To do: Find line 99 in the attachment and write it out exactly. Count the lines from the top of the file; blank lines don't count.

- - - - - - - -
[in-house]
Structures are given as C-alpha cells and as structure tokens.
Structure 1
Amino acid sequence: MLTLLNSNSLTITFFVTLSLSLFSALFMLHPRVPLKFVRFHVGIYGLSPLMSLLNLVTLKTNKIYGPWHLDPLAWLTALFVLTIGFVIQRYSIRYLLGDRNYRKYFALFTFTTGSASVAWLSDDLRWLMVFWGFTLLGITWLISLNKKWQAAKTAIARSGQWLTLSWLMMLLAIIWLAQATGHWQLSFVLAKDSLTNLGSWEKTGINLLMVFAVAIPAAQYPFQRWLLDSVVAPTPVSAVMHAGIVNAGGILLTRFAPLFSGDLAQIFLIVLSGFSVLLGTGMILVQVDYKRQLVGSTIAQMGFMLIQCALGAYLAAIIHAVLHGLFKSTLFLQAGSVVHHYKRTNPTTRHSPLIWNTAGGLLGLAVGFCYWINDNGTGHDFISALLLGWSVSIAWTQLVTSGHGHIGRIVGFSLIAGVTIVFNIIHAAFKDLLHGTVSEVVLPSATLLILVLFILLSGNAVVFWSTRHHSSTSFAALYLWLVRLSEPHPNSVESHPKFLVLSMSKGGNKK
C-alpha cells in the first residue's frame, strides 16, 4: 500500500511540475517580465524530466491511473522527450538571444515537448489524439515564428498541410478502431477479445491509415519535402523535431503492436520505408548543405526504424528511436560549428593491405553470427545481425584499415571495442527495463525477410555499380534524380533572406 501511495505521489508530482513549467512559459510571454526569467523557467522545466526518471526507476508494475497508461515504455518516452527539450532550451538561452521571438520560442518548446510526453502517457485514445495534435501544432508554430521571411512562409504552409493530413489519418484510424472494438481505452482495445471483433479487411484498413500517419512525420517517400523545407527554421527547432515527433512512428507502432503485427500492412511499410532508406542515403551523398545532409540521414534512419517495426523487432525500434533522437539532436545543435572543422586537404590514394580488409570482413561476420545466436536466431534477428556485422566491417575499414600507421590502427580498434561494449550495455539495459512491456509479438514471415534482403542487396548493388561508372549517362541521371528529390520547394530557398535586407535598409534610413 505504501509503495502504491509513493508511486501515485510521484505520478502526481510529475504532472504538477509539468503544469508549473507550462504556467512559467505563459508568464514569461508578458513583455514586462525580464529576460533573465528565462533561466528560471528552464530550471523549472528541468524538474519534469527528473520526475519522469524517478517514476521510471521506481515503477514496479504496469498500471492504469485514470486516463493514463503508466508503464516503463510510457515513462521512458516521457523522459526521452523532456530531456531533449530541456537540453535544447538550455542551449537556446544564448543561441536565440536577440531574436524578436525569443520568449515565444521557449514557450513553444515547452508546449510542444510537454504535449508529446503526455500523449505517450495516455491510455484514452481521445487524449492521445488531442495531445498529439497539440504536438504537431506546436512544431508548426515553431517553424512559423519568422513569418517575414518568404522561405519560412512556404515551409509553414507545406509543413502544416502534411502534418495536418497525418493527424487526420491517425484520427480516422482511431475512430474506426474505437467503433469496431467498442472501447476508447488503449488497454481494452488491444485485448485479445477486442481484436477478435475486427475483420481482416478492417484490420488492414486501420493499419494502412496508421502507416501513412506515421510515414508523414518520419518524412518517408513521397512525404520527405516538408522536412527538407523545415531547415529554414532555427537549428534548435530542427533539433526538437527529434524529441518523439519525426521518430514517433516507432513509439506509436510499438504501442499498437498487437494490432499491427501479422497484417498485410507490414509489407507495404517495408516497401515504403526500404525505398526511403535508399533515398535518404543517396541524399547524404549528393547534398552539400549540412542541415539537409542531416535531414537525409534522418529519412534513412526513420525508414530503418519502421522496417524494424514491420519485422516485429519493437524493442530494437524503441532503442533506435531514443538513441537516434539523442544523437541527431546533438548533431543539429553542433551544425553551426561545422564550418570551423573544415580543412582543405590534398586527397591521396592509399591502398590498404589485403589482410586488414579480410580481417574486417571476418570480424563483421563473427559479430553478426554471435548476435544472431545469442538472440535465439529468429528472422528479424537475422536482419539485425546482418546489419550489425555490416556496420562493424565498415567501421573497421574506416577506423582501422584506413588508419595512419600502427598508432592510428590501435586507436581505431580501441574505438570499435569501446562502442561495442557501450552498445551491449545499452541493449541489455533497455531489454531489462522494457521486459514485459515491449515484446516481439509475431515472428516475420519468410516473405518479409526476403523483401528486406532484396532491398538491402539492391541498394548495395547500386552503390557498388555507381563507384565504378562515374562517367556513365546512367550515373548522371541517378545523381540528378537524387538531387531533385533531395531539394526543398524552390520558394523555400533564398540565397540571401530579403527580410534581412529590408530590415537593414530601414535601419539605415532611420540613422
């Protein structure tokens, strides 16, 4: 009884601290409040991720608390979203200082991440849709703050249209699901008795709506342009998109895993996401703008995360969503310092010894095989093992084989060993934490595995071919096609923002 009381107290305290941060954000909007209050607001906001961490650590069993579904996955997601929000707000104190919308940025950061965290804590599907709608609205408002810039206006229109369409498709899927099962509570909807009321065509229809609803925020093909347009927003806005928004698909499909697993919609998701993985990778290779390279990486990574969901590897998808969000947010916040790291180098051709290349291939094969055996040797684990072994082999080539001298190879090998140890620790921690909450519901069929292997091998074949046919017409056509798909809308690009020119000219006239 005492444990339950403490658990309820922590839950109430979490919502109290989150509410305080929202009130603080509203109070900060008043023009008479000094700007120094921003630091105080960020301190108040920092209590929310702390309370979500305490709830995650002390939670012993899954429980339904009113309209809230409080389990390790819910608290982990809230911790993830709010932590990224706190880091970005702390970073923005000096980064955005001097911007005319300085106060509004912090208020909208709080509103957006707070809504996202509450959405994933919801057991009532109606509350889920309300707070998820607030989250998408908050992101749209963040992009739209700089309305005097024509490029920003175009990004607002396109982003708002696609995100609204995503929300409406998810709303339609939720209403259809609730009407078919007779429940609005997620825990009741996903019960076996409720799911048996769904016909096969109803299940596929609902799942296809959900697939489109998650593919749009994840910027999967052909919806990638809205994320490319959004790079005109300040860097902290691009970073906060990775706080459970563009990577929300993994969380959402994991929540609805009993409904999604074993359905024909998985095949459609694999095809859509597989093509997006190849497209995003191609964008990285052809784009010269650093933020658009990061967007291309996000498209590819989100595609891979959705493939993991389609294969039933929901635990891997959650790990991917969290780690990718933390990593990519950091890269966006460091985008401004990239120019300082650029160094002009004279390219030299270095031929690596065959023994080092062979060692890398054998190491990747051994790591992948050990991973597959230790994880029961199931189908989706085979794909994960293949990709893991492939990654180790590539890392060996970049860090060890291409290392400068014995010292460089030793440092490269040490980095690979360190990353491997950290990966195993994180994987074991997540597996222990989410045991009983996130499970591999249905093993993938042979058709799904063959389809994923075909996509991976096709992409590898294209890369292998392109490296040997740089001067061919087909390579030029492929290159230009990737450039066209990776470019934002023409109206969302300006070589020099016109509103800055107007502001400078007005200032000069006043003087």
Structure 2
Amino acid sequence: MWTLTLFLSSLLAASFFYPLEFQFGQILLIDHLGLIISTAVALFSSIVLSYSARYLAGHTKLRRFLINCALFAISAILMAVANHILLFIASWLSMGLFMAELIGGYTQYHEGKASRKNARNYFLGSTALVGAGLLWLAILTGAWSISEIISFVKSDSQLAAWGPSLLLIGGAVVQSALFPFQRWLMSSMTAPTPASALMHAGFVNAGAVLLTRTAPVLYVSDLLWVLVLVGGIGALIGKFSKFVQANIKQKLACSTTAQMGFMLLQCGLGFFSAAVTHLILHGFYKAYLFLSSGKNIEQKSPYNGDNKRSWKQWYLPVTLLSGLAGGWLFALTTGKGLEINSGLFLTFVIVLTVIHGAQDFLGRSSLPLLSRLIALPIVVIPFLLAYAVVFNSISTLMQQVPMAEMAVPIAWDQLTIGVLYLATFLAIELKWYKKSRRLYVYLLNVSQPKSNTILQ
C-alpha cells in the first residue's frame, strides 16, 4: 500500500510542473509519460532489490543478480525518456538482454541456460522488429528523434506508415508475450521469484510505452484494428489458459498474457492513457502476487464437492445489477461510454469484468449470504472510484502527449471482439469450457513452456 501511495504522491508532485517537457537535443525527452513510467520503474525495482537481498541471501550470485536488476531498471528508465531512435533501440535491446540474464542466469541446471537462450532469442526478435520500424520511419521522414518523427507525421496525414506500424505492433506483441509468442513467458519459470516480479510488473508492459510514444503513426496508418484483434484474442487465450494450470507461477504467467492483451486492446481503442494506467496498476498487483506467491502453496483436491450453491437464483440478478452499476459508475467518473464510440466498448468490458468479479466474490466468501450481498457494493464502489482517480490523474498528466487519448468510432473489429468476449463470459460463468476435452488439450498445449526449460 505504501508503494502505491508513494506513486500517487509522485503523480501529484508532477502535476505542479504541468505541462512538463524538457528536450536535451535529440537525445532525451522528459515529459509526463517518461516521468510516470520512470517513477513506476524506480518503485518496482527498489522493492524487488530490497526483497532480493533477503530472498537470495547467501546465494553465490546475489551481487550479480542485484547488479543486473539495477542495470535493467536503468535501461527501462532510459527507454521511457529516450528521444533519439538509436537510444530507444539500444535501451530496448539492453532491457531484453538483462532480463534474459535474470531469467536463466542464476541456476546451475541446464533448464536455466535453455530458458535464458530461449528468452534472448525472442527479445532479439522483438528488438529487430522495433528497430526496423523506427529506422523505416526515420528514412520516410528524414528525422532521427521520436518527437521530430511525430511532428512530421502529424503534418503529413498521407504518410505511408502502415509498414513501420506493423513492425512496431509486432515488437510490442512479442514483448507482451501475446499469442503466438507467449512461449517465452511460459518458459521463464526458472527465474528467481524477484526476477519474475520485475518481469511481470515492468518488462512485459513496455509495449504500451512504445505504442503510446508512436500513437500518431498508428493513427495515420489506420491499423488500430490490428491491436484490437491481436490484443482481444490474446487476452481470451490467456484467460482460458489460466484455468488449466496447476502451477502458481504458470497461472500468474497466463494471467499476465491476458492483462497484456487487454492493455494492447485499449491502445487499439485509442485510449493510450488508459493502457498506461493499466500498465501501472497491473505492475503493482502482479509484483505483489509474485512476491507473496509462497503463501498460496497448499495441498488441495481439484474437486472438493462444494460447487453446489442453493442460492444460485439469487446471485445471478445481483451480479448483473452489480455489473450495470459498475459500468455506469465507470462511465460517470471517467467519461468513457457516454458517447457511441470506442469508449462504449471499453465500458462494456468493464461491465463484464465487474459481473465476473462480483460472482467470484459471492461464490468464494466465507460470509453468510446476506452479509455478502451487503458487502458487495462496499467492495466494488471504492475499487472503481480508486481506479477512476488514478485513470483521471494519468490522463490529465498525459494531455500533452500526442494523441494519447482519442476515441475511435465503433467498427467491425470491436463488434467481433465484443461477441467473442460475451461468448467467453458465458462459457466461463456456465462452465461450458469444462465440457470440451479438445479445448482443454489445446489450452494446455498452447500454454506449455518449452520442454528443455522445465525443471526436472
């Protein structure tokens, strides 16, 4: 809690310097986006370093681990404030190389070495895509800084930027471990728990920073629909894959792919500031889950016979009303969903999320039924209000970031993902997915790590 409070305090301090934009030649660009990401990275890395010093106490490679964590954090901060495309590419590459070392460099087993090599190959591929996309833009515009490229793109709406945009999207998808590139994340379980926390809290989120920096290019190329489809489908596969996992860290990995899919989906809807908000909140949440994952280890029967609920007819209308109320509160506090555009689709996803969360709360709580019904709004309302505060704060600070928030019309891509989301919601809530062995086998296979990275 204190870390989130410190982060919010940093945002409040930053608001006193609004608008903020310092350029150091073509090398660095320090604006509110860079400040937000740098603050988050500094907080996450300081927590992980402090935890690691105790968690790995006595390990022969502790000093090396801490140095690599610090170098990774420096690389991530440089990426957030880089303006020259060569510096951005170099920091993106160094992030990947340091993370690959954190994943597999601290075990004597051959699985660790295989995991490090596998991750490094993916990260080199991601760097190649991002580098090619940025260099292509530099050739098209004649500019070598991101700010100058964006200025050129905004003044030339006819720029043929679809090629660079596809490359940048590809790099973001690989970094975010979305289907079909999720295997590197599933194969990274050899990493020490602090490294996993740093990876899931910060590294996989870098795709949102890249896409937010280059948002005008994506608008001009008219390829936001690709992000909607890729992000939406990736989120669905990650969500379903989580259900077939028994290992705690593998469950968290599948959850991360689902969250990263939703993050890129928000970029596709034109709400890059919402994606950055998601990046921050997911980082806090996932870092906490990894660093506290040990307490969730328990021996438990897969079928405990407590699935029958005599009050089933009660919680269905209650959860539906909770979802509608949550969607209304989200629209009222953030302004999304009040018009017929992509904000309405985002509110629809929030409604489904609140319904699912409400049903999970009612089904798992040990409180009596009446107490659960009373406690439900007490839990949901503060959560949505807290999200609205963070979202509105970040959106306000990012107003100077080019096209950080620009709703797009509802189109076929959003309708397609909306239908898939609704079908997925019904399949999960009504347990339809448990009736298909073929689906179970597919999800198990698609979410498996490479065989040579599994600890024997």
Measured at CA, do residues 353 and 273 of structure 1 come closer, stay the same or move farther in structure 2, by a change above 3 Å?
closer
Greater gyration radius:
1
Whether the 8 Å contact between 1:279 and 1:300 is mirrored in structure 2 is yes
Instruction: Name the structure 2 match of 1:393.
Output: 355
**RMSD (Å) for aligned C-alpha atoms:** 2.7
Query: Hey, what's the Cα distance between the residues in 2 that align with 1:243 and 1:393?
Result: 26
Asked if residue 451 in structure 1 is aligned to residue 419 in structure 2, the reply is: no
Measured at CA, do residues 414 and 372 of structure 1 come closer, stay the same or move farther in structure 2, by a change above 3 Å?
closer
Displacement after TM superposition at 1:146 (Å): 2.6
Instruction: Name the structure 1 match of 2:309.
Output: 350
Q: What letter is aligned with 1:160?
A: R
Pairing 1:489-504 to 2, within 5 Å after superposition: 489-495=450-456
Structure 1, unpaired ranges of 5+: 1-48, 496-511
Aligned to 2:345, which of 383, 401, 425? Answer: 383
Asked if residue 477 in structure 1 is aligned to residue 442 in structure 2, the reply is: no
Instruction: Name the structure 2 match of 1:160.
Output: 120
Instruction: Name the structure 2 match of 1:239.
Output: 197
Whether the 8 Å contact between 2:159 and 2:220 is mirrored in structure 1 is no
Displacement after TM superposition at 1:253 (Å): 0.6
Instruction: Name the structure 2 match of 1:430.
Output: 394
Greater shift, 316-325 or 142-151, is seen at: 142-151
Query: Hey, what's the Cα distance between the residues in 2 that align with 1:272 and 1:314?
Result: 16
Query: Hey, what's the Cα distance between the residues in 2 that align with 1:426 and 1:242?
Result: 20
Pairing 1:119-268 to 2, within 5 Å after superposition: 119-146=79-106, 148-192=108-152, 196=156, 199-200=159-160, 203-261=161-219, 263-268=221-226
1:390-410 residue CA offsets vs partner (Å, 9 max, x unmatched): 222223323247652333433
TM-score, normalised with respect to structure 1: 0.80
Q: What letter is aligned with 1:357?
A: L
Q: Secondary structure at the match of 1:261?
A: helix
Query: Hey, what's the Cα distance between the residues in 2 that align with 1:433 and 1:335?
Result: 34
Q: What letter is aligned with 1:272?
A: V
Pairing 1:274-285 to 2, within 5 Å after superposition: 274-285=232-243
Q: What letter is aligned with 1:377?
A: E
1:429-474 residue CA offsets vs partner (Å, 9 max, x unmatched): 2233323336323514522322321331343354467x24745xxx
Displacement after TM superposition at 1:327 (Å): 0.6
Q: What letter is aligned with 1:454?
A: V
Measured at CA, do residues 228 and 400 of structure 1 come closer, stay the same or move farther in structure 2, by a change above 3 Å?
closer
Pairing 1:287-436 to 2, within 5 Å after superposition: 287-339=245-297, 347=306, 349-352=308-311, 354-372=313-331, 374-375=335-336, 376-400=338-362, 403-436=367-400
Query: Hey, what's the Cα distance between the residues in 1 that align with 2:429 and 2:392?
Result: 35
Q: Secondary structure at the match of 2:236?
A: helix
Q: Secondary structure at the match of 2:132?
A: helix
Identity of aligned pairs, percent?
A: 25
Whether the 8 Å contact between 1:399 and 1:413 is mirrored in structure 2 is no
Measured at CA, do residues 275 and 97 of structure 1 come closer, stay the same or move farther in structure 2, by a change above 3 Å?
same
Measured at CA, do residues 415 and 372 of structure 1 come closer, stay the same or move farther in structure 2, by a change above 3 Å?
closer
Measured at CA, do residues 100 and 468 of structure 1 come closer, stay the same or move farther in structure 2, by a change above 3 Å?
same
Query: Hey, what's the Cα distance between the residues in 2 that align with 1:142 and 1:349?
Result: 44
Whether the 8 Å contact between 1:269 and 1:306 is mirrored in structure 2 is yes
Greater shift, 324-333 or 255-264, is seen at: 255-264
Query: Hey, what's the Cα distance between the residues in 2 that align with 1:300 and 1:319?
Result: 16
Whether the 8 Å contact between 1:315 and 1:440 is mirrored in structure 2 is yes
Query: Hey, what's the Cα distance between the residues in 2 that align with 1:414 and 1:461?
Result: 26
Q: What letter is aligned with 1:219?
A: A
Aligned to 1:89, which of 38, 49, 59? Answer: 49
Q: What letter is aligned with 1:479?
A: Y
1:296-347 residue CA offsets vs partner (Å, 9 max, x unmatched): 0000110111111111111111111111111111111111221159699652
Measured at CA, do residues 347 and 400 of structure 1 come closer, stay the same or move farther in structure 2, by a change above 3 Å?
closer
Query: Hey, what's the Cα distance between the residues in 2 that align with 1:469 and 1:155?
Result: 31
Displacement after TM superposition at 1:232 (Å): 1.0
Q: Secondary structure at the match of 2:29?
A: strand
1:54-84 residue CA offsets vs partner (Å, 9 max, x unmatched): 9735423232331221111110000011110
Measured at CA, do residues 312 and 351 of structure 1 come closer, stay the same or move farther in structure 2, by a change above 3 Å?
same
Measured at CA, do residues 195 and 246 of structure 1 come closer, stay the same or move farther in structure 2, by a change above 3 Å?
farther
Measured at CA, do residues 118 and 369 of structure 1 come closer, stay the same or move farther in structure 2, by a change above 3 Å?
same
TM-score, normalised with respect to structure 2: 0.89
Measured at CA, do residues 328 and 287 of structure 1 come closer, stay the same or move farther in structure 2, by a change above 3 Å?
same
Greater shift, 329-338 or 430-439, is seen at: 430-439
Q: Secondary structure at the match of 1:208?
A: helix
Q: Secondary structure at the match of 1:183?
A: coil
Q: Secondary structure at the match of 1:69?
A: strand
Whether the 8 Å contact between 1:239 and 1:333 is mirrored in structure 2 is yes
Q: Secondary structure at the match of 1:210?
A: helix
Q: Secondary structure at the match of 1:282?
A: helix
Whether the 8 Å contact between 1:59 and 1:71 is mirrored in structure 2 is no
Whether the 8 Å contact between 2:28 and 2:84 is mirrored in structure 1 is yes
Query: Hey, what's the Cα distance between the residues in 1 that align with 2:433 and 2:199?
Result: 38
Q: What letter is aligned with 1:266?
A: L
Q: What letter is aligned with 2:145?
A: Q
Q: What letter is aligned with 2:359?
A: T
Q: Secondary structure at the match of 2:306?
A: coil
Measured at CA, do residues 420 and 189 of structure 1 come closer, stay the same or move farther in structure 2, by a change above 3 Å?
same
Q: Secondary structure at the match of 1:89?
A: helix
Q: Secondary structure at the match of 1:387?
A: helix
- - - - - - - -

Query: Hey, what's the Cα distance between the residues in 2 that align with 1:469 and 1:155?